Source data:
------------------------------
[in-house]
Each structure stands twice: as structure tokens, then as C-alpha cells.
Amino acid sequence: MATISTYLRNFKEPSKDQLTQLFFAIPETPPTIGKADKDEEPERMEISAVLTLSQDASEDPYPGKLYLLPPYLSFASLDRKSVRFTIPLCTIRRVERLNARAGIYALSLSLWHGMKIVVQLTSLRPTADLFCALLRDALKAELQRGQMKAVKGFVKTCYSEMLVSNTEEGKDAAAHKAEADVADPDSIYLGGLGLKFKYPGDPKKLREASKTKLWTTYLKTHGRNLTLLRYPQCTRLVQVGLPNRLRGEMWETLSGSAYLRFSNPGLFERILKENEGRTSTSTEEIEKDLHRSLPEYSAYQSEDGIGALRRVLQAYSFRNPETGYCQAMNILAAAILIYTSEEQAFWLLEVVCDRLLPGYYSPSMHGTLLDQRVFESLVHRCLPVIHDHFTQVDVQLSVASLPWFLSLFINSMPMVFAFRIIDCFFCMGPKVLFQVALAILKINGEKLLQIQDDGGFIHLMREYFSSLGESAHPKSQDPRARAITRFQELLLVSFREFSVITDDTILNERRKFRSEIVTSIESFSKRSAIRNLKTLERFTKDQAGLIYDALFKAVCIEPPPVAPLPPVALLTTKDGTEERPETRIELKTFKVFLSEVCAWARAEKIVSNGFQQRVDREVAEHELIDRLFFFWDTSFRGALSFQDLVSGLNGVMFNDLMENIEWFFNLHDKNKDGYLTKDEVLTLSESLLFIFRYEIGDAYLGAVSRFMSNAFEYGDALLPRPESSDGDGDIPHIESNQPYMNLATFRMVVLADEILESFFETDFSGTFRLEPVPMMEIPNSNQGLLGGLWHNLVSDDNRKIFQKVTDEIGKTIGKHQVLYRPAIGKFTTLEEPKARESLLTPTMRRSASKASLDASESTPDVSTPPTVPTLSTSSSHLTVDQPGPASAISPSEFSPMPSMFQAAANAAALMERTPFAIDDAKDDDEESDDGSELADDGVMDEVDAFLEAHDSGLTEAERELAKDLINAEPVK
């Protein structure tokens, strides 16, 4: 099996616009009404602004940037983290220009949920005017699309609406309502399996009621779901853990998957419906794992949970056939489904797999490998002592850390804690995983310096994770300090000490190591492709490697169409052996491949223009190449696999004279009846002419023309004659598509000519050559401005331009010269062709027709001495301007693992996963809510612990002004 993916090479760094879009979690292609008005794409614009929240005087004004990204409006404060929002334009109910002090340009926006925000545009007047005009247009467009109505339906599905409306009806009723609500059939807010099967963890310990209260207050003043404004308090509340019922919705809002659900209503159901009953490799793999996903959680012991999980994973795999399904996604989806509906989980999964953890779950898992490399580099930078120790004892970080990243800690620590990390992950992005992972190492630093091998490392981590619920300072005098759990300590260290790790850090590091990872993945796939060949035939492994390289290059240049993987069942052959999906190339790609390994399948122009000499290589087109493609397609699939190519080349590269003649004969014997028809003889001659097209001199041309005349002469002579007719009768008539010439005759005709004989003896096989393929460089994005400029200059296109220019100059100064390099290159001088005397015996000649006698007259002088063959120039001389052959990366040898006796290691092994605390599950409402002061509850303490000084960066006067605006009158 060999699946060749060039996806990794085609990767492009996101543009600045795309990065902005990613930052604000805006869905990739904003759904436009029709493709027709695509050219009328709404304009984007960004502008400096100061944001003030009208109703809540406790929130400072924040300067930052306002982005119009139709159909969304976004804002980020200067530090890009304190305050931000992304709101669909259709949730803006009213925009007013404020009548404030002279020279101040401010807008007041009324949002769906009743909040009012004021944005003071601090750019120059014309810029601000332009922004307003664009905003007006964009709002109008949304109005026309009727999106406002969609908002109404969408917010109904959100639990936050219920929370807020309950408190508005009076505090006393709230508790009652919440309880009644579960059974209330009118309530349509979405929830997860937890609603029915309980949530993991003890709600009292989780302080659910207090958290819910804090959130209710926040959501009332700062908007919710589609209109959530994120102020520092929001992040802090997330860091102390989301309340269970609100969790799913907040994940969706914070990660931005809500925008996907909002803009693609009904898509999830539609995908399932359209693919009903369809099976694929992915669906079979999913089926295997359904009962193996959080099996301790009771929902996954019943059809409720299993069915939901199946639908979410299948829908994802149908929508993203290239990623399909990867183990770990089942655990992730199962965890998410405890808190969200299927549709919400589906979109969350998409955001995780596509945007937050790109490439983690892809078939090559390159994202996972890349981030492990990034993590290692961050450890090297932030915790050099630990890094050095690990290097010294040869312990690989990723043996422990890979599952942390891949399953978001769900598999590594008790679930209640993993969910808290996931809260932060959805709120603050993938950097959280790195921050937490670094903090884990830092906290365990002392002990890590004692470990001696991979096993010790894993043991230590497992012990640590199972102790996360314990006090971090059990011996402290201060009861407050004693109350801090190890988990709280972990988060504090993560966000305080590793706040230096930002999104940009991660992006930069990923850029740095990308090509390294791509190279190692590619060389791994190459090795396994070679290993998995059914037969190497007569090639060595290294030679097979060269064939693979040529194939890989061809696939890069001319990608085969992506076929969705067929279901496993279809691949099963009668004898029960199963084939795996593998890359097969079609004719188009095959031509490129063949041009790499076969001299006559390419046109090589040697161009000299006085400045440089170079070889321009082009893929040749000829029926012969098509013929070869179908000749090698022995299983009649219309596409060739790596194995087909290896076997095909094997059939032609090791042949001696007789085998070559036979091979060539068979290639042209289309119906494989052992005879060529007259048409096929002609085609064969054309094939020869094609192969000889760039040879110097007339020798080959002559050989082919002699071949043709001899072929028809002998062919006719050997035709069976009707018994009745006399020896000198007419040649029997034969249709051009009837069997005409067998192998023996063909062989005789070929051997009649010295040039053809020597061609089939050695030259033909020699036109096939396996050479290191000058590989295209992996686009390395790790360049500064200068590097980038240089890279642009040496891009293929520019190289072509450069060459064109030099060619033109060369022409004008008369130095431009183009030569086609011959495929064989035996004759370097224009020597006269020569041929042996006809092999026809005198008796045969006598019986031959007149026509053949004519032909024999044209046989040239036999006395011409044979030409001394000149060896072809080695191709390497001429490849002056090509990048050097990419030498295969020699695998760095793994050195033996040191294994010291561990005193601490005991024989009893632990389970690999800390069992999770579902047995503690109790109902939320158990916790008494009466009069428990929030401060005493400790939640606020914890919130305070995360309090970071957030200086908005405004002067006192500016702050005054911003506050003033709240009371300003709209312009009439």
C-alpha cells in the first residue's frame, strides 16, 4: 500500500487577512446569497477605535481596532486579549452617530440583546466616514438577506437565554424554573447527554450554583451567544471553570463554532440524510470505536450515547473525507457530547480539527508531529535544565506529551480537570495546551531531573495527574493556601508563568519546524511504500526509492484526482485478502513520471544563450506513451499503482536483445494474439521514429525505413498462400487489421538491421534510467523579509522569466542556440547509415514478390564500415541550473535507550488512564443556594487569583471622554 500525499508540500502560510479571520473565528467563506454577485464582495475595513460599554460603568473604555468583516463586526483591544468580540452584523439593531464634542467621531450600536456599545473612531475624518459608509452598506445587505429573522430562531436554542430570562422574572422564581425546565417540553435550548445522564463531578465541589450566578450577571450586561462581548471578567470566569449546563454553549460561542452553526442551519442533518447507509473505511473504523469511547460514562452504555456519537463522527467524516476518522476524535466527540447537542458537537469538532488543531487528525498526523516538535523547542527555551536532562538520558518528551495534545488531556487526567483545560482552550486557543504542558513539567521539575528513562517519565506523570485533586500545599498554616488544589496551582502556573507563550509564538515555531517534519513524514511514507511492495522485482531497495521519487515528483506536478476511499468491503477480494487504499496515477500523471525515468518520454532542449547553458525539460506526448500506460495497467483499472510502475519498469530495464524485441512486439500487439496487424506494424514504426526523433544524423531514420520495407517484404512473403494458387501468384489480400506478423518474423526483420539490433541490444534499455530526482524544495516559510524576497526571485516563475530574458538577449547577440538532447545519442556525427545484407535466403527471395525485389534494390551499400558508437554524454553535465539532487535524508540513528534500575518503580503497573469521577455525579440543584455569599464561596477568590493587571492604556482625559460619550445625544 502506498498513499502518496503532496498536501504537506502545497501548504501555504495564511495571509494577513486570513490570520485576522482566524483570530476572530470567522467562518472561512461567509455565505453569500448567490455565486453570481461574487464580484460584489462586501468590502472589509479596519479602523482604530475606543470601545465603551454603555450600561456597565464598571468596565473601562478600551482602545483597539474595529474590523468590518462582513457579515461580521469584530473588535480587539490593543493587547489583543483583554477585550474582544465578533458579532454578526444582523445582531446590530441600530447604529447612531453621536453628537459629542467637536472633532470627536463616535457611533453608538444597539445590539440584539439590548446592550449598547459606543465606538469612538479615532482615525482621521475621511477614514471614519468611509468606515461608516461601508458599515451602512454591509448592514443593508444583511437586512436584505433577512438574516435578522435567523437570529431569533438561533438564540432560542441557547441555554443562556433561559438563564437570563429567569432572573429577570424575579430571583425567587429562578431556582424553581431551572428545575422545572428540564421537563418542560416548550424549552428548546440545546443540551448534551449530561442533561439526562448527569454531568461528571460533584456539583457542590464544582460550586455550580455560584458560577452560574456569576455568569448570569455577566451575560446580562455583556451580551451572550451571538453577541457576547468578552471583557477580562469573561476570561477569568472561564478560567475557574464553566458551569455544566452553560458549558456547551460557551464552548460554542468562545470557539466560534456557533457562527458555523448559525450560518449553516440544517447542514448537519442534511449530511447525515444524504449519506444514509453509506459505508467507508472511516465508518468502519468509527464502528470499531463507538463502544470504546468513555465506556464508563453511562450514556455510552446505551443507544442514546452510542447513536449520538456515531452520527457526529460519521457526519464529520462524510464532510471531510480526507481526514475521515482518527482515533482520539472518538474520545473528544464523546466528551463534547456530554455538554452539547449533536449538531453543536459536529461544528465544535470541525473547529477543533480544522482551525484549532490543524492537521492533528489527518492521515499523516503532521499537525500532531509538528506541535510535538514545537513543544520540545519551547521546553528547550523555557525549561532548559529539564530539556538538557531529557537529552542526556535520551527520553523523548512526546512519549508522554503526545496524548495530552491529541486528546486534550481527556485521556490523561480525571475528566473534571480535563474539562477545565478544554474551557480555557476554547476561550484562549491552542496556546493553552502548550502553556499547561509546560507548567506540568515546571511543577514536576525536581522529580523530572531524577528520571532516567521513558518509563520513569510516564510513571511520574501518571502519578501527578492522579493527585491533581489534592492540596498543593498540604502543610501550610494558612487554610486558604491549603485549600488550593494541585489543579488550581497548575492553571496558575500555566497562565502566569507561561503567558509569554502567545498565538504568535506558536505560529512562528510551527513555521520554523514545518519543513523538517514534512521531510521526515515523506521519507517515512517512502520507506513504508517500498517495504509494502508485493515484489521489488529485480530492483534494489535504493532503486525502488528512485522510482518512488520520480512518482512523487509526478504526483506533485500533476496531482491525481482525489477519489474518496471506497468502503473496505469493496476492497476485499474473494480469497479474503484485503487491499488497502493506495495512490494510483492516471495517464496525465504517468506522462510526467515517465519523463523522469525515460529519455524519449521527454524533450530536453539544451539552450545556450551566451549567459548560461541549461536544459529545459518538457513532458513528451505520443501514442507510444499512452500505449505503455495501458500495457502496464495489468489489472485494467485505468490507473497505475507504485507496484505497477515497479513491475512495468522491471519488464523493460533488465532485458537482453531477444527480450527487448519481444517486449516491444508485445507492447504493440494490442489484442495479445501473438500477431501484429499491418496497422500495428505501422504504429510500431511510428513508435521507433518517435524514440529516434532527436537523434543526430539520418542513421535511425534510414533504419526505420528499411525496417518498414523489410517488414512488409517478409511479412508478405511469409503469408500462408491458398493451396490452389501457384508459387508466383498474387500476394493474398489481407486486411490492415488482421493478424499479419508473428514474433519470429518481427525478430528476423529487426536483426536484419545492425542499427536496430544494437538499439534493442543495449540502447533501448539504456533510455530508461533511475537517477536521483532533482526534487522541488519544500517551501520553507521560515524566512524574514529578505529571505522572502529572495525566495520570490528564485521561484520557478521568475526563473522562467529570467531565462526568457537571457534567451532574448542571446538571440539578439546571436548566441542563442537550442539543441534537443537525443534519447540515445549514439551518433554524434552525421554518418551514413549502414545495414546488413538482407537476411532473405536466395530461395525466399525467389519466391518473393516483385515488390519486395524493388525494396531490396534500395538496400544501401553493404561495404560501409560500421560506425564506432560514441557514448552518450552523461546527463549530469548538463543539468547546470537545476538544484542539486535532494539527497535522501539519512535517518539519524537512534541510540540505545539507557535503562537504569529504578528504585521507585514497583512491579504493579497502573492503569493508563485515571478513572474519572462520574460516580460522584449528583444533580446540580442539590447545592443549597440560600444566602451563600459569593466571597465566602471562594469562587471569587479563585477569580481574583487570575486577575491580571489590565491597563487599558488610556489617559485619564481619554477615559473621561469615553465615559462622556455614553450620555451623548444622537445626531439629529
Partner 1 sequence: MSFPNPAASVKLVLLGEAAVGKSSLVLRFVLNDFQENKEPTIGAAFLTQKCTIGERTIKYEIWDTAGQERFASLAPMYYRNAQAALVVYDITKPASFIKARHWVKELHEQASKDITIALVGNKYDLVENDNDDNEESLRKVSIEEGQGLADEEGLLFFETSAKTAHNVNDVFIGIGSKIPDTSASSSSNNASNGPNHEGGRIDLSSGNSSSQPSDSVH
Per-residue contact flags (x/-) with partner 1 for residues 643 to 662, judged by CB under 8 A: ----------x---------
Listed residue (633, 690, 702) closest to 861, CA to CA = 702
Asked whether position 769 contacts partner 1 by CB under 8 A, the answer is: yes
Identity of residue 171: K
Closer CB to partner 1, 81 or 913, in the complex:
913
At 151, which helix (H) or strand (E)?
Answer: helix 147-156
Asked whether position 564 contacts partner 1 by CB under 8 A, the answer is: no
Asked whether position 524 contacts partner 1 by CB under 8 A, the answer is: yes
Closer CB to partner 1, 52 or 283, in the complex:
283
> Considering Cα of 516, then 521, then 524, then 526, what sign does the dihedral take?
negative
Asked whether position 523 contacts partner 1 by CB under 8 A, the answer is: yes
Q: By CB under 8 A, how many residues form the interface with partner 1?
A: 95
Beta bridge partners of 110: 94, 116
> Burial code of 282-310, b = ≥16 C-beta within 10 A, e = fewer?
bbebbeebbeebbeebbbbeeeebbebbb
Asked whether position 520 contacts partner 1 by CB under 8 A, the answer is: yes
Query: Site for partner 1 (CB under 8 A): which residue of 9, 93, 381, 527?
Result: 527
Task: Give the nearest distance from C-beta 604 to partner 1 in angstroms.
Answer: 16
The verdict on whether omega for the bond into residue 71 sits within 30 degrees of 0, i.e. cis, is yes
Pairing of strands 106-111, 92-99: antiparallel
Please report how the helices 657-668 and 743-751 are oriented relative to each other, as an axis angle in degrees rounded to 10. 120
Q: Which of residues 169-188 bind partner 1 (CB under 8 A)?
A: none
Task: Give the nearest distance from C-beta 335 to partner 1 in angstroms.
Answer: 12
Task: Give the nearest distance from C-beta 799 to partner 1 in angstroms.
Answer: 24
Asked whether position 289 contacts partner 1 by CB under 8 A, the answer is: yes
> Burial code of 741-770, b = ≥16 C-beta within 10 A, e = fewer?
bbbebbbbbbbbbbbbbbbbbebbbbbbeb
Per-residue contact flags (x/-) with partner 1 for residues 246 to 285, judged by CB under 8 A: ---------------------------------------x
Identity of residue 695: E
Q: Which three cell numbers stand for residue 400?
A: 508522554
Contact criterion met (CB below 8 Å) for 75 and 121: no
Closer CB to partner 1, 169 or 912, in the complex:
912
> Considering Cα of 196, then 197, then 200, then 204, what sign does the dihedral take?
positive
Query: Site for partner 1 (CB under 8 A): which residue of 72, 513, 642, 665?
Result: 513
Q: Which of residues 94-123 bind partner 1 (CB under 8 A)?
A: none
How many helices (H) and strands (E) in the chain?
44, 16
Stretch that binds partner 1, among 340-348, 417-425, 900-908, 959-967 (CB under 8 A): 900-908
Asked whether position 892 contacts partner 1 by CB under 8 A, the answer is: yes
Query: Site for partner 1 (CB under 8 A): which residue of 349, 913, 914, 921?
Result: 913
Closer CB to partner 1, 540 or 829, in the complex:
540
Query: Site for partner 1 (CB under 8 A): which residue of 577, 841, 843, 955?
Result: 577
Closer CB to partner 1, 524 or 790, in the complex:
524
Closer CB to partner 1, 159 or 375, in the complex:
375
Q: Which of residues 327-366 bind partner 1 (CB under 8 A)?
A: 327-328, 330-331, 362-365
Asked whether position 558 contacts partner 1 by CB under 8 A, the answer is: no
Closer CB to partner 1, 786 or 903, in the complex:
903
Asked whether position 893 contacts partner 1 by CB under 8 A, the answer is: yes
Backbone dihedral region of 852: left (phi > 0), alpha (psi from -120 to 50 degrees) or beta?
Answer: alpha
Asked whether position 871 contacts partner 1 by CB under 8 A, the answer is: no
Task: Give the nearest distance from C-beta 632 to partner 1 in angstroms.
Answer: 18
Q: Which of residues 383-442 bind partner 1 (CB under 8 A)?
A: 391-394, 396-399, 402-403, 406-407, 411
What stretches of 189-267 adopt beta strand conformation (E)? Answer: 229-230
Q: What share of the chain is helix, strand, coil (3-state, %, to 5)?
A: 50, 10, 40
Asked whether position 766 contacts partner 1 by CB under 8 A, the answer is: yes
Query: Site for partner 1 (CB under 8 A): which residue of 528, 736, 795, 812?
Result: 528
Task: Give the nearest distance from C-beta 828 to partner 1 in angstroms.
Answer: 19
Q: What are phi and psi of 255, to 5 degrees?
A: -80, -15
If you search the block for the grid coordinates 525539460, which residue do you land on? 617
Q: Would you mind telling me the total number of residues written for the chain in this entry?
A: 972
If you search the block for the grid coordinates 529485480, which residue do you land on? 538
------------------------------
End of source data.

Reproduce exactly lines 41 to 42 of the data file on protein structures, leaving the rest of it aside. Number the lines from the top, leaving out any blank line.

Asked whether position 289 contacts partner 1 by CB under 8 A, the answer is: yes
> Burial code of 741-770, b = ≥16 C-beta within 10 A, e = fewer?